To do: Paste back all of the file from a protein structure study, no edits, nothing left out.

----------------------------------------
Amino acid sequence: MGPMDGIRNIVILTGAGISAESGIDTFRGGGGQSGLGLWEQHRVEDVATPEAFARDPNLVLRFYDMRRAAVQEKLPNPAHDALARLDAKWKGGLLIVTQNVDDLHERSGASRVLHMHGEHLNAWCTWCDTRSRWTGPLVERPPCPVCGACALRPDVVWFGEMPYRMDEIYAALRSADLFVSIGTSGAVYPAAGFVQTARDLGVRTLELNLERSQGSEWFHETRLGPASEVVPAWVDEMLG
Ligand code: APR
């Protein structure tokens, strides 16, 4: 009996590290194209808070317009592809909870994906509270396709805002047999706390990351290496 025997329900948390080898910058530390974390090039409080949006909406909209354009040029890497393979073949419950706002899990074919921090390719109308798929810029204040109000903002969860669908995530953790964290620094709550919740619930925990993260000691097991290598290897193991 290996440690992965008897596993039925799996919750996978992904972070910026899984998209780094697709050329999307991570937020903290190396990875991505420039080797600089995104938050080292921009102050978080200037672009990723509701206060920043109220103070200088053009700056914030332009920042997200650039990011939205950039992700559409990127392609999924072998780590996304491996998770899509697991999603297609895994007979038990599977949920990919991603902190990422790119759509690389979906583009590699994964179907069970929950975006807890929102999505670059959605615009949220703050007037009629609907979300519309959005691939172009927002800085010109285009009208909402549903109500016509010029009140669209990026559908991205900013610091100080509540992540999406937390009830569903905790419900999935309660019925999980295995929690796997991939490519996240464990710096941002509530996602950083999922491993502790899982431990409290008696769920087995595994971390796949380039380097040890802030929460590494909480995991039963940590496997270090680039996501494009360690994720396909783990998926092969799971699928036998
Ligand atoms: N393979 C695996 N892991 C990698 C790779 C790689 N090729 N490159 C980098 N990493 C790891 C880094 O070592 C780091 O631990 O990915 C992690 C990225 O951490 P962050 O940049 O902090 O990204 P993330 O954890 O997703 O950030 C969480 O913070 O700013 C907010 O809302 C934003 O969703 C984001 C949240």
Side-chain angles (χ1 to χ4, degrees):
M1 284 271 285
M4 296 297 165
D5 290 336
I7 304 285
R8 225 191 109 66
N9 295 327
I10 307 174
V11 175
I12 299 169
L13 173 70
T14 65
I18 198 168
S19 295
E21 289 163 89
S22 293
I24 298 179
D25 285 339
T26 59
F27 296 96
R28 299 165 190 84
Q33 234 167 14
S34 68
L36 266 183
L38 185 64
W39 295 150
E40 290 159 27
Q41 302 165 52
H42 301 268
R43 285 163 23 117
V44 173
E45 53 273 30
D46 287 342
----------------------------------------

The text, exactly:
Amino acid sequence: MGPMDGIRNIVILTGAGISAESGIDTFRGGGGQSGLGLWEQHRVEDVATPEAFARDPNLVLRFYDMRRAAVQEKLPNPAHDALARLDAKWKGGLLIVTQNVDDLHERSGASRVLHMHGEHLNAWCTWCDTRSRWTGPLVERPPCPVCGACALRPDVVWFGEMPYRMDEIYAALRSADLFVSIGTSGAVYPAAGFVQTARDLGVRTLELNLERSQGSEWFHETRLGPASEVVPAWVDEMLG
Ligand code: APR
């Protein structure tokens, strides 16, 4: 009996590290194209808070317009592809909870994906509270396709805002047999706390990351290496 025997329900948390080898910058530390974390090039409080949006909406909209354009040029890497393979073949419950706002899990074919921090390719109308798929810029204040109000903002969860669908995530953790964290620094709550919740619930925990993260000691097991290598290897193991 290996440690992965008897596993039925799996919750996978992904972070910026899984998209780094697709050329999307991570937020903290190396990875991505420039080797600089995104938050080292921009102050978080200037672009990723509701206060920043109220103070200088053009700056914030332009920042997200650039990011939205950039992700559409990127392609999924072998780590996304491996998770899509697991999603297609895994007979038990599977949920990919991603902190990422790119759509690389979906583009590699994964179907069970929950975006807890929102999505670059959605615009949220703050007037009629609907979300519309959005691939172009927002800085010109285009009208909402549903109500016509010029009140669209990026559908991205900013610091100080509540992540999406937390009830569903905790419900999935309660019925999980295995929690796997991939490519996240464990710096941002509530996602950083999922491993502790899982431990409290008696769920087995595994971390796949380039380097040890802030929460590494909480995991039963940590496997270090680039996501494009360690994720396909783990998926092969799971699928036998
Ligand atoms: N393979 C695996 N892991 C990698 C790779 C790689 N090729 N490159 C980098 N990493 C790891 C880094 O070592 C780091 O631990 O990915 C992690 C990225 O951490 P962050 O940049 O902090 O990204 P993330 O954890 O997703 O950030 C969480 O913070 O700013 C907010 O809302 C934003 O969703 C984001 C949240």
Side-chain angles (χ1 to χ4, degrees):
M1 284 271 285
M4 296 297 165
D5 290 336
I7 304 285
R8 225 191 109 66
N9 295 327
I10 307 174
V11 175
I12 299 169
L13 173 70
T14 65
I18 198 168
S19 295
E21 289 163 89
S22 293
I24 298 179
D25 285 339
T26 59
F27 296 96
R28 299 165 190 84
Q33 234 167 14
S34 68
L36 266 183
L38 185 64
W39 295 150
E40 290 159 27
Q41 302 165 52
H42 301 268
R43 285 163 23 117
V44 173
E45 53 273 30
D46 287 342